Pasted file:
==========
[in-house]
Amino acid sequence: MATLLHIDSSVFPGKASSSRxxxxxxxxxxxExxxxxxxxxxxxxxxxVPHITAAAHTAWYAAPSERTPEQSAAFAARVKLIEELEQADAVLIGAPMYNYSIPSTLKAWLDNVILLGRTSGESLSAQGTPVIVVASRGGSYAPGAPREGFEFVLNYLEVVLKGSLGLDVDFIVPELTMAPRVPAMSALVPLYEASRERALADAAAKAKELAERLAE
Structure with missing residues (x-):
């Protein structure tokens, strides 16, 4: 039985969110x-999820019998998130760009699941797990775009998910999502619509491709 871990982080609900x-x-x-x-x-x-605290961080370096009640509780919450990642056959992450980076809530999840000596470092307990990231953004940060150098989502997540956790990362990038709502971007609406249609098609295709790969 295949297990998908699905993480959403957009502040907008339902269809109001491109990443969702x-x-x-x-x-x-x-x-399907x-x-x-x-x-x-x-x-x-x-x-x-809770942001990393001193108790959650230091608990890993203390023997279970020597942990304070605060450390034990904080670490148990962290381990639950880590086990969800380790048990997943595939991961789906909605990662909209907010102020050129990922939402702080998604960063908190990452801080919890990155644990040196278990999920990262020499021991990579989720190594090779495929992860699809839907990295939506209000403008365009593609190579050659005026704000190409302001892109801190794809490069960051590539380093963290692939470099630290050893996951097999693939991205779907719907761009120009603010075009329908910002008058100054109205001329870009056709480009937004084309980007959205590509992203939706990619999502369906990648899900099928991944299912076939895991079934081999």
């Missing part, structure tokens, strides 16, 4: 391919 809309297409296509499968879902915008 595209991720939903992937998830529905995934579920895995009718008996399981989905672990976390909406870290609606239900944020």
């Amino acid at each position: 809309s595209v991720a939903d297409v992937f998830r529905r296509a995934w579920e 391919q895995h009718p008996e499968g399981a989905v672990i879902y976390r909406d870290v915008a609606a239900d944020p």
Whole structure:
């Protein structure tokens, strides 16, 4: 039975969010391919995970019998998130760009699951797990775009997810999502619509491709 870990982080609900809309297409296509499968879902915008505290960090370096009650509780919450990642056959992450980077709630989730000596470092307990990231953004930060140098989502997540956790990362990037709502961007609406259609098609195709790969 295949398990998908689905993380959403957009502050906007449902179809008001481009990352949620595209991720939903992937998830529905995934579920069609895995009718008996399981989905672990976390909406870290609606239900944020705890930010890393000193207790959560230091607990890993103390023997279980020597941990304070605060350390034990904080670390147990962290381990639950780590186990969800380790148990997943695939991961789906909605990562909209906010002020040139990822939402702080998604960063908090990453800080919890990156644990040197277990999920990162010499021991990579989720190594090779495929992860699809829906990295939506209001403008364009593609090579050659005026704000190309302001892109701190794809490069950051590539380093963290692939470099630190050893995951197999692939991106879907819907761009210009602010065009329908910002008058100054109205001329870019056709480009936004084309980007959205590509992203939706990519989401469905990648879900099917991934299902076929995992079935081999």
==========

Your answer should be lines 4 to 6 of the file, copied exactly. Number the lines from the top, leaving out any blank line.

């Protein structure tokens, strides 16, 4: 039985969110x-999820019998998130760009699941797990775009998910999502619509491709 871990982080609900x-x-x-x-x-x-605290961080370096009640509780919450990642056959992450980076809530999840000596470092307990990231953004940060150098989502997540956790990362990038709502971007609406249609098609295709790969 295949297990998908699905993480959403957009502040907008339902269809109001491109990443969702x-x-x-x-x-x-x-x-399907x-x-x-x-x-x-x-x-x-x-x-x-809770942001990393001193108790959650230091608990890993203390023997279970020597942990304070605060450390034990904080670490148990962290381990639950880590086990969800380790048990997943595939991961789906909605990662909209907010102020050129990922939402702080998604960063908190990452801080919890990155644990040196278990999920990262020499021991990579989720190594090779495929992860699809839907990295939506209000403008365009593609190579050659005026704000190409302001892109801190794809490069960051590539380093963290692939470099630290050893996951097999693939991205779907719907761009120009603010075009329908910002008058100054109205001329870009056709480009937004084309980007959205590509992203939706990619999502369906990648899900099928991944299912076939895991079934081999």
């Missing part, structure tokens, strides 16, 4: 391919 809309297409296509499968879902915008 595209991720939903992937998830529905995934579920895995009718008996399981989905672990976390909406870290609606239900944020």
């Amino acid at each position: 809309s595209v991720a939903d297409v992937f998830r529905r296509a995934w579920e 391919q895995h009718p008996e499968g399981a989905v672990i879902y976390r909406d870290v915008a609606a239900d944020p």